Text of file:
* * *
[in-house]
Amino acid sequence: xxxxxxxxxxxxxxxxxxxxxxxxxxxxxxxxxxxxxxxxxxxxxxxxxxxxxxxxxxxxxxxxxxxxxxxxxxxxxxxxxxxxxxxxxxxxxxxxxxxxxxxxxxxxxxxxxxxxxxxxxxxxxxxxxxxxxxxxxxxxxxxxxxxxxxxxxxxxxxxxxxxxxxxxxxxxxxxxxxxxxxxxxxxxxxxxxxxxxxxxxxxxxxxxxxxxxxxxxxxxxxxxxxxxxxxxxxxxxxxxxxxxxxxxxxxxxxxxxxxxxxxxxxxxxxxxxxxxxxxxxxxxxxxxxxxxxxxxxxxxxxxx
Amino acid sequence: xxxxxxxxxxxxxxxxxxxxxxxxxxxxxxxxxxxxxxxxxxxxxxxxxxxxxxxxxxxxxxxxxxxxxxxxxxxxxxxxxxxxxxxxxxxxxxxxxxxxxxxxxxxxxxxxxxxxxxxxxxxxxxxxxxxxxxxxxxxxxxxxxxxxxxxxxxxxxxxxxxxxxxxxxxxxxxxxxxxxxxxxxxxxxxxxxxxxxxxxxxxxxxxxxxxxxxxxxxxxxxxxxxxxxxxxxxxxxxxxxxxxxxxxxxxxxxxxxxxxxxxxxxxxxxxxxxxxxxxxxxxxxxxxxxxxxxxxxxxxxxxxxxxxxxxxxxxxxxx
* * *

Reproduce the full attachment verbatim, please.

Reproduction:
[in-house]
Amino acid sequence: xxxxxxxxxxxxxxxxxxxxxxxxxxxxxxxxxxxxxxxxxxxxxxxxxxxxxxxxxxxxxxxxxxxxxxxxxxxxxxxxxxxxxxxxxxxxxxxxxxxxxxxxxxxxxxxxxxxxxxxxxxxxxxxxxxxxxxxxxxxxxxxxxxxxxxxxxxxxxxxxxxxxxxxxxxxxxxxxxxxxxxxxxxxxxxxxxxxxxxxxxxxxxxxxxxxxxxxxxxxxxxxxxxxxxxxxxxxxxxxxxxxxxxxxxxxxxxxxxxxxxxxxxxxxxxxxxxxxxxxxxxxxxxxxxxxxxxxxxxxxxxxx
Amino acid sequence: xxxxxxxxxxxxxxxxxxxxxxxxxxxxxxxxxxxxxxxxxxxxxxxxxxxxxxxxxxxxxxxxxxxxxxxxxxxxxxxxxxxxxxxxxxxxxxxxxxxxxxxxxxxxxxxxxxxxxxxxxxxxxxxxxxxxxxxxxxxxxxxxxxxxxxxxxxxxxxxxxxxxxxxxxxxxxxxxxxxxxxxxxxxxxxxxxxxxxxxxxxxxxxxxxxxxxxxxxxxxxxxxxxxxxxxxxxxxxxxxxxxxxxxxxxxxxxxxxxxxxxxxxxxxxxxxxxxxxxxxxxxxxxxxxxxxxxxxxxxxxxxxxxxxxxxxxxxxxxx